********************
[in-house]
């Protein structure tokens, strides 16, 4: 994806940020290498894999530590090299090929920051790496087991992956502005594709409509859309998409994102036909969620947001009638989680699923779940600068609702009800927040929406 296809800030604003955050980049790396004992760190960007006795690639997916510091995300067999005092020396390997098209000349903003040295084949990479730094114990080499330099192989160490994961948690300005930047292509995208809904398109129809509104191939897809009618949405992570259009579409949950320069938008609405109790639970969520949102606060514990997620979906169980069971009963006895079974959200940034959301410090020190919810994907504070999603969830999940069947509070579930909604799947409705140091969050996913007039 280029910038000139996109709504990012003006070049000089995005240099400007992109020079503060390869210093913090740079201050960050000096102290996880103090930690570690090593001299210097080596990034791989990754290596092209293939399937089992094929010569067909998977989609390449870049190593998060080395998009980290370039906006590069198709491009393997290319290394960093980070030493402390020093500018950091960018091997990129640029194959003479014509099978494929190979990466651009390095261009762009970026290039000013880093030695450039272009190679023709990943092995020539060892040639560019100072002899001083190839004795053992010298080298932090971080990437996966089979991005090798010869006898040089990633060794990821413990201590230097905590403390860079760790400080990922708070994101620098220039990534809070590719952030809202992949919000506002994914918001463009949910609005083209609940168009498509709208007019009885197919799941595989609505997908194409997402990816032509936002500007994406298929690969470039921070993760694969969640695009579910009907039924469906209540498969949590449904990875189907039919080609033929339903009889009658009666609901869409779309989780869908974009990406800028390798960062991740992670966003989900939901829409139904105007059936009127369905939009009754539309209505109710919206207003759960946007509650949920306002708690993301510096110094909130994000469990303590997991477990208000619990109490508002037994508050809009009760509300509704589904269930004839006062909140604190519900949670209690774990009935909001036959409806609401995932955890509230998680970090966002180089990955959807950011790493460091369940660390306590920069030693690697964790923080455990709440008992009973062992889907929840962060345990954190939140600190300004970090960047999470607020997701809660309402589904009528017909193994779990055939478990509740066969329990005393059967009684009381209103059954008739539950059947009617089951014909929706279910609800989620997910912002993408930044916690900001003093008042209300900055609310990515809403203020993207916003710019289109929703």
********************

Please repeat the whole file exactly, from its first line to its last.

[in-house]
């Protein structure tokens, strides 16, 4: 994806940020290498894999530590090299090929920051790496087991992956502005594709409509859309998409994102036909969620947001009638989680699923779940600068609702009800927040929406 296809800030604003955050980049790396004992760190960007006795690639997916510091995300067999005092020396390997098209000349903003040295084949990479730094114990080499330099192989160490994961948690300005930047292509995208809904398109129809509104191939897809009618949405992570259009579409949950320069938008609405109790639970969520949102606060514990997620979906169980069971009963006895079974959200940034959301410090020190919810994907504070999603969830999940069947509070579930909604799947409705140091969050996913007039 280029910038000139996109709504990012003006070049000089995005240099400007992109020079503060390869210093913090740079201050960050000096102290996880103090930690570690090593001299210097080596990034791989990754290596092209293939399937089992094929010569067909998977989609390449870049190593998060080395998009980290370039906006590069198709491009393997290319290394960093980070030493402390020093500018950091960018091997990129640029194959003479014509099978494929190979990466651009390095261009762009970026290039000013880093030695450039272009190679023709990943092995020539060892040639560019100072002899001083190839004795053992010298080298932090971080990437996966089979991005090798010869006898040089990633060794990821413990201590230097905590403390860079760790400080990922708070994101620098220039990534809070590719952030809202992949919000506002994914918001463009949910609005083209609940168009498509709208007019009885197919799941595989609505997908194409997402990816032509936002500007994406298929690969470039921070993760694969969640695009579910009907039924469906209540498969949590449904990875189907039919080609033929339903009889009658009666609901869409779309989780869908974009990406800028390798960062991740992670966003989900939901829409139904105007059936009127369905939009009754539309209505109710919206207003759960946007509650949920306002708690993301510096110094909130994000469990303590997991477990208000619990109490508002037994508050809009009760509300509704589904269930004839006062909140604190519900949670209690774990009935909001036959409806609401995932955890509230998680970090966002180089990955959807950011790493460091369940660390306590920069030693690697964790923080455990709440008992009973062992889907929840962060345990954190939140600190300004970090960047999470607020997701809660309402589904009528017909193994779990055939478990509740066969329990005393059967009684009381209103059954008739539950059947009617089951014909929706279910609800989620997910912002993408930044916690900001003093008042209300900055609310990515809403203020993207916003710019289109929703």